"I've often heard people exclaim that they never realized that there where even plants on the forest floor in the redwood forest because they are always looking up at the giant coast redwoods...After they learn about P. munitum's amazing ability to absorb fog water through their leaves in much higher rates than the coast redwood, they often tell me that they will never look at a fern the same way again," Limm said.
Share This Article With Planet Earth
American Journal of Botany
Forestry News - Global and Local News, Science and Application
Storm may have killed half a billion trees
Washington (UPI) Jul 12, 2010
A violent storm that swept through Brazil's Amazon rain forest in 2005 may have killed half a billion trees in just two days, a new study says. Storms have been understood as one cause of Amazon tree loss, but a new study funded by NASA and Tulane University says the losses are much greater than previously suspected, a release by the American Geophysical Union said Monday. A peak ... read more
BP oil leak bill increases, as shares rise on sell-off talk|
Better Barriers Can Help Levees Withstand Wave Erosion
Haitians mark poignant six-month quake anniversary
Six months after quake, Haitians frustrated by aid trickle
Google tool aims to make it easy to create Android programs
EchoStar XV Satellite Successfully Performs Post-Launch Maneuvers
Japan's DoCoMo plans new app platform for phones
Facebook deal means virtual 'credits' can be bought in shops
Australia turns to desalination
US, Indonesian scientists journey to bottom of sea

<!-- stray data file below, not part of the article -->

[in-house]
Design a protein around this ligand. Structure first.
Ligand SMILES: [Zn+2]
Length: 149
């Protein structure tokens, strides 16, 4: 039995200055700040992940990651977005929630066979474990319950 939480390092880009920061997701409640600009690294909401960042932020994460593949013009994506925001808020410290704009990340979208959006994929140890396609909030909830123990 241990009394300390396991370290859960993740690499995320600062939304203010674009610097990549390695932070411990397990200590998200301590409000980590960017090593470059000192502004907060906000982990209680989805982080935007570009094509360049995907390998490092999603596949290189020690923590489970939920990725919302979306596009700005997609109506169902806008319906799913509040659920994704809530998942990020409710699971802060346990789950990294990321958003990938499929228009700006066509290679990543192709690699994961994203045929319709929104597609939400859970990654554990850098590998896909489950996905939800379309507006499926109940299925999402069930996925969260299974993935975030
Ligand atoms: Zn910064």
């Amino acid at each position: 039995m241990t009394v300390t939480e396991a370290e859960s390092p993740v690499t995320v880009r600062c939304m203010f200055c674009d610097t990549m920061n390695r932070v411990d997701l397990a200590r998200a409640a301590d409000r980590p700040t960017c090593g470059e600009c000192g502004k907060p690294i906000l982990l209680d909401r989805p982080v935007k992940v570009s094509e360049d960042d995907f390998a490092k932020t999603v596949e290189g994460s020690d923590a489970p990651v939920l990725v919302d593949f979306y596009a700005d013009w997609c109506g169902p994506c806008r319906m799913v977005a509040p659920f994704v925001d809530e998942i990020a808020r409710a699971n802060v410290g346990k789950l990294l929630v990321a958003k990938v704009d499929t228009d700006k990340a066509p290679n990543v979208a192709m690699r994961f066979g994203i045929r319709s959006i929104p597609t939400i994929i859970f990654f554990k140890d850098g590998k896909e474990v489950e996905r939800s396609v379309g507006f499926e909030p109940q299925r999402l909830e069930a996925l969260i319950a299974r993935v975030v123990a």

Ethiopia seeks to reassure Egypt over Nile waters
Cleaner Water Mitigates Climate Change Effects On Florida Keys Coral Reefs
Arctic Climate May Be More Sensitive To Warming Than Thought
US scientist in race to learn from Indonesia's dying glacier
China sets sail for the Arctic
Answer To What Ended The Last Ice Age May Be Blowing In The Winds
What Plant Genes Tell Us About Crop Domestication
Argentina fights to save China soya trade
China seizes melamine-tainted milk powder: reports
China's AgBank offers room for improvement
Renewed China flooding leaves 43 dead
Mexican sisters survive floods after four days in tree
WWF presses Romania for long-term flood measures
5.4 earthquake rattles southern California: USGS
Northrop Grumman Wins African Training Contract
G. Bissau president warns army top brass, drug traffickers
Religious intolerance threatens Nigerian democracy: Jonathan
Chinese-built hospital risks collapse in Angola: state radio
Timor-Leste warms to Australia asylum idea
U.S. government challenges Ariz. law
Tibetan Adaptation To Altitude Took Less Than 3,000 Years
A Butterfly Effect In The Brain
|The content herein, unless otherwise known to be public domain, are Copyright 1995-2010 - SpaceDaily. AFP and UPI Wire Stories are copyright Agence France-Presse and United Press International. ESA Portal Reports are copyright European Space Agency. All NASA sourced material is public domain. Additional copyrights may apply in whole or part to other bona fide parties. Advertising does not imply endorsement,agreement or approval of any opinions, statements or information provided by SpaceDaily on any Web page published or hosted by SpaceDaily. Privacy Statement|